Michael Birken's Star Trek article rekindled my interest in classic BASIC games.
As a kid, I spent many hours typing in programs from magazines such as Antic, Analog, and Compute!, as well as from various books such as David Ahl's BASIC Computer Games (1978) and More BASIC Computer Games (1979). After typing in a program and getting it to successfully run, the next step would be to make changes, modify code, add features, etc.
Hammurabi was originally written as 'The Sumer Game' (1969) in FOCAL on a DEC PDP-8 computer, by Richard Merrill. Sometime later, it was ported to PDP-8 BASIC. David Ahl ported this version of Hammurabi to BASIC, and added the 10-year performance assessment.
Back in the day, I also played Atari's Kingdom game program which came on cassette. After looking at the BASIC listing for Hammurabi, Atari's Kingdom seems to be a direct port of Hammurabi, modified to use the Atari screen capabilities.
I started out with an Atari 400 home computer back in 1982. At the time, I sometimes found it a challenge to get generic BASIC programs such as the programs in BASIC Computer Games and More BASIC Computer Games to work correctly. Atari BASIC handled
STRING arrays differently than other 8-bit machines of that era. Atari BASIC was also missing
FNC() types of statements which had to be converted to subroutines. Fortunately, Hammurabi did not require any of these changes.
As Michael Birken's article points out, it is fairly easy to port BASIC programs to C#. To Birkenize a BASIC listing, follow these steps:
552 D=P-C:IF D>.45*P THEN 560
555 P=C:D1=D1+D:GOTO 215
_552: D = P - C; if (D > .45 * P) goto _560;
_553: P1 = ((Z - 1) * P1 + D * 100 / P) / Z;
_555: P = C; D1 = D1 + D; goto _215;
229 PRINT "A HORRIBLE PLAGUE STRUCK! HALF THE PEOPLE DIED."
230 PRINT "POPULATION IS NOW"P
232 PRINT "THE CITY NOW OWNS"A"ACRES."
235 PRINT "YOU HARVESTED"Y"BUSHELS PER ACRE."
250 PRINT "RATS ATE"E"BUSHELS."
260 PRINT "YOU NOW HAVE"S"BUSHELS IN STORE.":PRINT
_229: Console.WriteLine("A HORRIBLE PLAGUE STRUCK! HALF THE PEOPLE DIED.");
_230: Console.WriteLine("POPULATION IS NOW " + P.ToString());
_232: Console.WriteLine("THE CITY NOW OWNS " + A.ToString() + " ACRES.");
_235: Console.WriteLine("YOU HARVESTED " + Y.ToString() + " BUSHELS PER ACRE.");
_250: Console.WriteLine("RATS ATE " + E.ToString() + " BUSHELS.");
_260: Console.WriteLine("YOU NOW HAVE " + S.ToString() +
" BUSHELS IN STORE."); Console.WriteLine();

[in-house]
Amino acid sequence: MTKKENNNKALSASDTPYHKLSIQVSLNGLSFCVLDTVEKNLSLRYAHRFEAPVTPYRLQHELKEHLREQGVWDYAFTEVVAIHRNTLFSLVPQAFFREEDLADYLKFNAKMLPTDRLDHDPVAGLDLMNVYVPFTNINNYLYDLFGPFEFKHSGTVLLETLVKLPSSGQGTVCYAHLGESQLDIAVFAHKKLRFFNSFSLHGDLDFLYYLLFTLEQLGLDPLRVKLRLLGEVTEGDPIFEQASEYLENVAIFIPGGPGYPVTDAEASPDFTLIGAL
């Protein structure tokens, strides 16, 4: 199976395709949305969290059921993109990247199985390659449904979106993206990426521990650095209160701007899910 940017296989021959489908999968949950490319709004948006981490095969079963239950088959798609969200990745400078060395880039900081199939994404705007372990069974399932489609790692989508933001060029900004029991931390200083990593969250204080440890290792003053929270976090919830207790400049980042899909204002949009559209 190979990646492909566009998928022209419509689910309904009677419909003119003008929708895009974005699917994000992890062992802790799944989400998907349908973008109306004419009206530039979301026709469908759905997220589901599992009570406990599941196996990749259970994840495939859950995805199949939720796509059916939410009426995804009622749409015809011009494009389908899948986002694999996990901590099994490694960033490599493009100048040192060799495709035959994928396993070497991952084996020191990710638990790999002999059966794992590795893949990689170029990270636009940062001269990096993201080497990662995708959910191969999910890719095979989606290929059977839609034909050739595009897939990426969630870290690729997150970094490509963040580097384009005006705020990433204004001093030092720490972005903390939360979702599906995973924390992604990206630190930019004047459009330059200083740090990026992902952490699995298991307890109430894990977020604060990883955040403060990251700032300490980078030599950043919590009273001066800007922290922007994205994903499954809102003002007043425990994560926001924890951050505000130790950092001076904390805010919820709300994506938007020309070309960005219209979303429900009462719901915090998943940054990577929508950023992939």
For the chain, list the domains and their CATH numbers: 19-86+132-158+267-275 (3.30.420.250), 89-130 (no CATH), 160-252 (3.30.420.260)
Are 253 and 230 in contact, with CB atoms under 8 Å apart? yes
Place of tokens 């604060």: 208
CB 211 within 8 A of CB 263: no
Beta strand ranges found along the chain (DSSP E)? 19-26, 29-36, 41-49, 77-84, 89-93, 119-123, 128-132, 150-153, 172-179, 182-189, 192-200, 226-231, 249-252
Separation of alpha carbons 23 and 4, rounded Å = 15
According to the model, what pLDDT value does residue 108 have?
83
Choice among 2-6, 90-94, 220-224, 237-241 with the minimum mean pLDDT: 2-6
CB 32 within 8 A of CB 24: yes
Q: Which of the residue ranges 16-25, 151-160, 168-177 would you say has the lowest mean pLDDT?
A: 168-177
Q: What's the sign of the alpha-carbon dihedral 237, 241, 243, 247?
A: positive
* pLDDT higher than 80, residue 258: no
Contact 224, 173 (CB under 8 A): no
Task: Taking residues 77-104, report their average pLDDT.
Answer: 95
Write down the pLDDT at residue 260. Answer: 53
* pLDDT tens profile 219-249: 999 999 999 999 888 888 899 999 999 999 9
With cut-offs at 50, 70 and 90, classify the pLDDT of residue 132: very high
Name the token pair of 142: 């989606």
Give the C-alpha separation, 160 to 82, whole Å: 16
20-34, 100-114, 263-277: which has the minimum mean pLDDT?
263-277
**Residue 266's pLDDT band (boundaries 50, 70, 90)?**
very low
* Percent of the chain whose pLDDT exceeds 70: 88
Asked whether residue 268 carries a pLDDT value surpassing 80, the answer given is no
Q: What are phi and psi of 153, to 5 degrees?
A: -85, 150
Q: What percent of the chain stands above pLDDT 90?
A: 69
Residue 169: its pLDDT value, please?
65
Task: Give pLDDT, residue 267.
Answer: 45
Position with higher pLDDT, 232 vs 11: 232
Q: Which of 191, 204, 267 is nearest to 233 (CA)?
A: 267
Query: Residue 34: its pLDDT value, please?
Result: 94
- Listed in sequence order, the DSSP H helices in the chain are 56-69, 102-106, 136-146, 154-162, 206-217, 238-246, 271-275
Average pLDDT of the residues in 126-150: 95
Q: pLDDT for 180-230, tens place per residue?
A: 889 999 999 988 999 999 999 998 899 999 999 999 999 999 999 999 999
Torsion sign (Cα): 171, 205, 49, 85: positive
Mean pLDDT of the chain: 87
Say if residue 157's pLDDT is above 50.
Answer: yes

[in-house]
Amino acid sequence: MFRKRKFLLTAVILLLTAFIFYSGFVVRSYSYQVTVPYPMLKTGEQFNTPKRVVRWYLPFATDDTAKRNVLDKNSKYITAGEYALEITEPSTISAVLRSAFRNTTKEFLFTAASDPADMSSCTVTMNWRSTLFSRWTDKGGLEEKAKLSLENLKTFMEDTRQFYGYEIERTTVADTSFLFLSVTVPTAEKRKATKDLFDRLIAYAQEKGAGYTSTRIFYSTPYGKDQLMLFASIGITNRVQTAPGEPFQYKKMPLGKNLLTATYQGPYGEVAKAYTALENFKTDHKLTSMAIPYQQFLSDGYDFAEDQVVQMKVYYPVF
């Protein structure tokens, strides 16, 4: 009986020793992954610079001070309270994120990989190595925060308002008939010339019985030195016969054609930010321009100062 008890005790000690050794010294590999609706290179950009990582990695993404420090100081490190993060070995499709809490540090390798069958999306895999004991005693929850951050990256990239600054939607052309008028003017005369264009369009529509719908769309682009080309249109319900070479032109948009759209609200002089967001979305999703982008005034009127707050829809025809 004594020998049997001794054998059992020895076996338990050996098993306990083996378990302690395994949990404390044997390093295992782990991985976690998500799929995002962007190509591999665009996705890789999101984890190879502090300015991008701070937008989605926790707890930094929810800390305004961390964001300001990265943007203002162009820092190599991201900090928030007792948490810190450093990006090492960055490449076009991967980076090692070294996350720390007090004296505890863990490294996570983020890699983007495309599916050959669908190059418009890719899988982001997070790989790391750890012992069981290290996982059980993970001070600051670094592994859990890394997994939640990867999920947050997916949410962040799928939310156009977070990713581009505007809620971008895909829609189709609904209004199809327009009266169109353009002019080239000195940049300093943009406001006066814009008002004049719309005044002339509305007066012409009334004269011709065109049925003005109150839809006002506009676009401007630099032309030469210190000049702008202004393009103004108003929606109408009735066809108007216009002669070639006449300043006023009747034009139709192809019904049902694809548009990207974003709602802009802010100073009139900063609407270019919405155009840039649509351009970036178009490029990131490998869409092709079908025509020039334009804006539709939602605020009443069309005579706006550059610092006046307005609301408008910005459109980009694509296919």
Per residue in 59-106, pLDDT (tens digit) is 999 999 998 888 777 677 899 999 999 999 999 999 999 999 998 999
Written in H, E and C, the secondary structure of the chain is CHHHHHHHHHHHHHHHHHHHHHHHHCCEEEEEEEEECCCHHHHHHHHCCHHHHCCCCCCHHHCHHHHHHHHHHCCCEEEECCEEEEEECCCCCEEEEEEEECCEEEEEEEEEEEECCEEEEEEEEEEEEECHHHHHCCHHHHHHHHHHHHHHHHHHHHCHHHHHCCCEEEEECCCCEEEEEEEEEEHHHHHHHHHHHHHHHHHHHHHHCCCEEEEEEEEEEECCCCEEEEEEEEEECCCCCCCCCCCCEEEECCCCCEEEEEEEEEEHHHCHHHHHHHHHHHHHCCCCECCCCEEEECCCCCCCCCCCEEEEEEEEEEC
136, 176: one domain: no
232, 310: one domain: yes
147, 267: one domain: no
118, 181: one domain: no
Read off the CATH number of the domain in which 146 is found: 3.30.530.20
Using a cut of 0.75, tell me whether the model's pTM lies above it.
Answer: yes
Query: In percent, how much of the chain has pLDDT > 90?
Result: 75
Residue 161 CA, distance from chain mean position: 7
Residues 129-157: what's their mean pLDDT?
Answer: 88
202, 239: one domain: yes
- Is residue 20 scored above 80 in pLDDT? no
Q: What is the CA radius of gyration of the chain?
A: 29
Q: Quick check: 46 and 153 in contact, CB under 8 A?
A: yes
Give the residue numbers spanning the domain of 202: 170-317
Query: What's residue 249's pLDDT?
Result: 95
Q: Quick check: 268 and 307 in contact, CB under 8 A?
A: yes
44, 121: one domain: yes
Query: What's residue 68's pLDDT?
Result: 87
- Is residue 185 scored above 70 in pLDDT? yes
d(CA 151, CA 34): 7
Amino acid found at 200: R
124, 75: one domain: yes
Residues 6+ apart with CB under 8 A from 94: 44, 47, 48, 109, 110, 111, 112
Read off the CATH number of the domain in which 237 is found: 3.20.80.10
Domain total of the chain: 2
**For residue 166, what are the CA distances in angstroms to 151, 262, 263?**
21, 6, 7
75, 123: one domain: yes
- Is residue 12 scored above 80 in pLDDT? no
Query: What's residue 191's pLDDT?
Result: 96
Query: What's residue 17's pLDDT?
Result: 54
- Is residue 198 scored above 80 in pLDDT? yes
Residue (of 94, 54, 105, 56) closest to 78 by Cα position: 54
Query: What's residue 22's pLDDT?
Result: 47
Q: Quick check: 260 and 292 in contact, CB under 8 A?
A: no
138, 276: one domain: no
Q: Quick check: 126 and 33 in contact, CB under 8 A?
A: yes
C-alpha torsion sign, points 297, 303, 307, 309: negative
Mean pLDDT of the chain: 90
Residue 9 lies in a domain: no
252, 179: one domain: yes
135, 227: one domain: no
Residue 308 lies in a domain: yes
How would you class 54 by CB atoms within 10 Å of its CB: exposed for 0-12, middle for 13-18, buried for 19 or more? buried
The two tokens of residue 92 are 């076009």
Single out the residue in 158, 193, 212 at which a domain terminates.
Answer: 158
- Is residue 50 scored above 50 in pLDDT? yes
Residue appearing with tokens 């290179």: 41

- Change BASIC line numbers to C# labels:
- Change BASIC
GOSUB statements to method calls.
- Change BASIC
PRINT statements to
Console.Write[Line] method calls.
- As C# uses zero-based indexing and BASIC uses one-based indexing, for array structures, either modify the data to add an unused zeroth element datum, or modify the code to subtract one from the existing indexing logic.
- Review remaining statements; modify code, variables, and logic to compile in C#.
In the game of Hammurabi, you direct the administrator of Sumeria, Hammurabi, how to manage the city. At the start of the game, Sumeria initially has 1,000 acres of land, a population of 100 people, and 3,000 bushels of grain in storage.
You may buy and sell land with your neighboring city-states for bushels of grain. The price of land will vary between 17 and 26 bushels per acre. You also must use grain to feed your people and as seed to plant the next year's crop.
You will quickly find that a certain number of people can only tend a certain amount of land, and that people starve if they are not fed enough. You also have the unexpected to contend with such as a plague, rats destroying stored grain, and variable harvests.
You will also find that managing just the few resources in this game is not a trivial job over a period, of say, ten years. The crisis of population density rears its head very rapidly.
- 19th February, 2016: Initial version
Bill is a software engineer. He resides in NJ with his wife Lucy and their dog Yoda.
Having spend his salad days playing around with his Atari 400, in his spare time, he likes to tinker with game programming, 8-bit computers and the classic arcade machines of his youth.